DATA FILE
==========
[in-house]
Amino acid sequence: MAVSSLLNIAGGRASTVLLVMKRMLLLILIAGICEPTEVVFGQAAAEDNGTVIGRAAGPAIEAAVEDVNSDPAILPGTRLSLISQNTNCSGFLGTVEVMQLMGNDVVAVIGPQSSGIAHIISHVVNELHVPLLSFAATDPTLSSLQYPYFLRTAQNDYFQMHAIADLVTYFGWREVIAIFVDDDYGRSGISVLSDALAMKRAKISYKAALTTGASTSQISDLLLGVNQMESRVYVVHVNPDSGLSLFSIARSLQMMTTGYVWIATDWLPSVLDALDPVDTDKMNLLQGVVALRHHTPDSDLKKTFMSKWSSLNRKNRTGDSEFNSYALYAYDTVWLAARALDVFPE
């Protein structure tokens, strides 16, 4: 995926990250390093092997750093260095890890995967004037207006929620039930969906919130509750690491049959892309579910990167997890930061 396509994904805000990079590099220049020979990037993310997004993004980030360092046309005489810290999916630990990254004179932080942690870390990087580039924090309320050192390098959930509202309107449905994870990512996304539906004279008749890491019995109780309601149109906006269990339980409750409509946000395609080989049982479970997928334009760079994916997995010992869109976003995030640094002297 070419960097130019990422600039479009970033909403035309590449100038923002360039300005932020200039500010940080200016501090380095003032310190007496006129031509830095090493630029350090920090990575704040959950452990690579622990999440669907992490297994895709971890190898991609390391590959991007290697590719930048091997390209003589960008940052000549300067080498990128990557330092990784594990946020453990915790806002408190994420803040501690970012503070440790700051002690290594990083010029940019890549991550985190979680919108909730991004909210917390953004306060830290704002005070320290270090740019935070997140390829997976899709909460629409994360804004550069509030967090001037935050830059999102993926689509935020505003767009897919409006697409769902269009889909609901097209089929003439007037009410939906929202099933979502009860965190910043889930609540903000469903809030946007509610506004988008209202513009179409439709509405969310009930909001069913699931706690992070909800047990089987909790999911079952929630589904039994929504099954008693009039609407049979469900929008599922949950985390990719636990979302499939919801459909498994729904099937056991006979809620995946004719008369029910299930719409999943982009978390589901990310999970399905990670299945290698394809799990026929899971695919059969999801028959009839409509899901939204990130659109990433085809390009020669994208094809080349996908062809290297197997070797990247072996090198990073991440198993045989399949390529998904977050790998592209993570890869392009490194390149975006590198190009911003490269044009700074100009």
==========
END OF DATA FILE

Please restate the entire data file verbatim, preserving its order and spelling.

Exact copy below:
[in-house]
Amino acid sequence: MAVSSLLNIAGGRASTVLLVMKRMLLLILIAGICEPTEVVFGQAAAEDNGTVIGRAAGPAIEAAVEDVNSDPAILPGTRLSLISQNTNCSGFLGTVEVMQLMGNDVVAVIGPQSSGIAHIISHVVNELHVPLLSFAATDPTLSSLQYPYFLRTAQNDYFQMHAIADLVTYFGWREVIAIFVDDDYGRSGISVLSDALAMKRAKISYKAALTTGASTSQISDLLLGVNQMESRVYVVHVNPDSGLSLFSIARSLQMMTTGYVWIATDWLPSVLDALDPVDTDKMNLLQGVVALRHHTPDSDLKKTFMSKWSSLNRKNRTGDSEFNSYALYAYDTVWLAARALDVFPE
């Protein structure tokens, strides 16, 4: 995926990250390093092997750093260095890890995967004037207006929620039930969906919130509750690491049959892309579910990167997890930061 396509994904805000990079590099220049020979990037993310997004993004980030360092046309005489810290999916630990990254004179932080942690870390990087580039924090309320050192390098959930509202309107449905994870990512996304539906004279008749890491019995109780309601149109906006269990339980409750409509946000395609080989049982479970997928334009760079994916997995010992869109976003995030640094002297 070419960097130019990422600039479009970033909403035309590449100038923002360039300005932020200039500010940080200016501090380095003032310190007496006129031509830095090493630029350090920090990575704040959950452990690579622990999440669907992490297994895709971890190898991609390391590959991007290697590719930048091997390209003589960008940052000549300067080498990128990557330092990784594990946020453990915790806002408190994420803040501690970012503070440790700051002690290594990083010029940019890549991550985190979680919108909730991004909210917390953004306060830290704002005070320290270090740019935070997140390829997976899709909460629409994360804004550069509030967090001037935050830059999102993926689509935020505003767009897919409006697409769902269009889909609901097209089929003439007037009410939906929202099933979502009860965190910043889930609540903000469903809030946007509610506004988008209202513009179409439709509405969310009930909001069913699931706690992070909800047990089987909790999911079952929630589904039994929504099954008693009039609407049979469900929008599922949950985390990719636990979302499939919801459909498994729904099937056991006979809620995946004719008369029910299930719409999943982009978390589901990310999970399905990670299945290698394809799990026929899971695919059969999801028959009839409509899901939204990130659109990433085809390009020669994208094809080349996908062809290297197997070797990247072996090198990073991440198993045989399949390529998904977050790998592209993570890869392009490194390149975006590198190009911003490269044009700074100009």